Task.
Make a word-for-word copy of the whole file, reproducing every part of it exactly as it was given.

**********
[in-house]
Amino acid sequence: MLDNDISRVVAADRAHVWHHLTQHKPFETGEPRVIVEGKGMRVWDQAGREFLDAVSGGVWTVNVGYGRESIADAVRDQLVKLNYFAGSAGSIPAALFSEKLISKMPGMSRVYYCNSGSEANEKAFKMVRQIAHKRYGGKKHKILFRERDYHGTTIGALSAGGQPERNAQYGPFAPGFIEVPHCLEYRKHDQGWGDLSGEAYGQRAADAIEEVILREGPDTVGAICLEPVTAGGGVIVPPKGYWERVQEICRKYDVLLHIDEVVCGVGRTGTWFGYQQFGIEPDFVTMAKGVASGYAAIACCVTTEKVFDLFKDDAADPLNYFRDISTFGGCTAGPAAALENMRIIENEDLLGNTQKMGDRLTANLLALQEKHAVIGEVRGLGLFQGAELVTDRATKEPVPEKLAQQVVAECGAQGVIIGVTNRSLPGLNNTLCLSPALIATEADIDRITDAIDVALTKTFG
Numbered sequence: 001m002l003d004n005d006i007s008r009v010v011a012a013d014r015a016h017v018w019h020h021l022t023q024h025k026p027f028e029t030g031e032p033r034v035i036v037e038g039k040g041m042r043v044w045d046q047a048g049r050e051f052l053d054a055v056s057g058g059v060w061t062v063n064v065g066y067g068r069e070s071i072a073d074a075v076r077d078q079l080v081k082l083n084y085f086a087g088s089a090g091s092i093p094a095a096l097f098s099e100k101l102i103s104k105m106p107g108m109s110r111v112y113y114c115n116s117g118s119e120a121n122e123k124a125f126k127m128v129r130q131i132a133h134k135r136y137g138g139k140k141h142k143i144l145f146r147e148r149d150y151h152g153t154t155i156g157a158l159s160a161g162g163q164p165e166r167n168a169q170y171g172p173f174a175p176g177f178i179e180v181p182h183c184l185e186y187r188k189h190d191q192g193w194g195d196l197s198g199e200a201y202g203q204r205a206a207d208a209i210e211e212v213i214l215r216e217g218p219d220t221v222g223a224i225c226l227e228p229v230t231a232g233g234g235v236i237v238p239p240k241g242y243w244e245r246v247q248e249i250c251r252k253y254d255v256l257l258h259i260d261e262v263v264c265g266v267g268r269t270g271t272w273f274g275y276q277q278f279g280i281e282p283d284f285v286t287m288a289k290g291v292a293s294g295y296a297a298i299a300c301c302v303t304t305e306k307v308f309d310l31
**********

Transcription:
[in-house]
Amino acid sequence: MLDNDISRVVAADRAHVWHHLTQHKPFETGEPRVIVEGKGMRVWDQAGREFLDAVSGGVWTVNVGYGRESIADAVRDQLVKLNYFAGSAGSIPAALFSEKLISKMPGMSRVYYCNSGSEANEKAFKMVRQIAHKRYGGKKHKILFRERDYHGTTIGALSAGGQPERNAQYGPFAPGFIEVPHCLEYRKHDQGWGDLSGEAYGQRAADAIEEVILREGPDTVGAICLEPVTAGGGVIVPPKGYWERVQEICRKYDVLLHIDEVVCGVGRTGTWFGYQQFGIEPDFVTMAKGVASGYAAIACCVTTEKVFDLFKDDAADPLNYFRDISTFGGCTAGPAAALENMRIIENEDLLGNTQKMGDRLTANLLALQEKHAVIGEVRGLGLFQGAELVTDRATKEPVPEKLAQQVVAECGAQGVIIGVTNRSLPGLNNTLCLSPALIATEADIDRITDAIDVALTKTFG
Numbered sequence: 001m002l003d004n005d006i007s008r009v010v011a012a013d014r015a016h017v018w019h020h021l022t023q024h025k026p027f028e029t030g031e032p033r034v035i036v037e038g039k040g041m042r043v044w045d046q047a048g049r050e051f052l053d054a055v056s057g058g059v060w061t062v063n064v065g066y067g068r069e070s071i072a073d074a075v076r077d078q079l080v081k082l083n084y085f086a087g088s089a090g091s092i093p094a095a096l097f098s099e100k101l102i103s104k105m106p107g108m109s110r111v112y113y114c115n116s117g118s119e120a121n122e123k124a125f126k127m128v129r130q131i132a133h134k135r136y137g138g139k140k141h142k143i144l145f146r147e148r149d150y151h152g153t154t155i156g157a158l159s160a161g162g163q164p165e166r167n168a169q170y171g172p173f174a175p176g177f178i179e180v181p182h183c184l185e186y187r188k189h190d191q192g193w194g195d196l197s198g199e200a201y202g203q204r205a206a207d208a209i210e211e212v213i214l215r216e217g218p219d220t221v222g223a224i225c226l227e228p229v230t231a232g233g234g235v236i237v238p239p240k241g242y243w244e245r246v247q248e249i250c251r252k253y254d255v256l257l258h259i260d261e262v263v264c265g266v267g268r269t270g271t272w273f274g275y276q277q278f279g280i281e282p283d284f285v286t287m288a289k290g291v292a293s294g295y296a297a298i299a300c301c302v303t304t305e306k307v308f309d310l31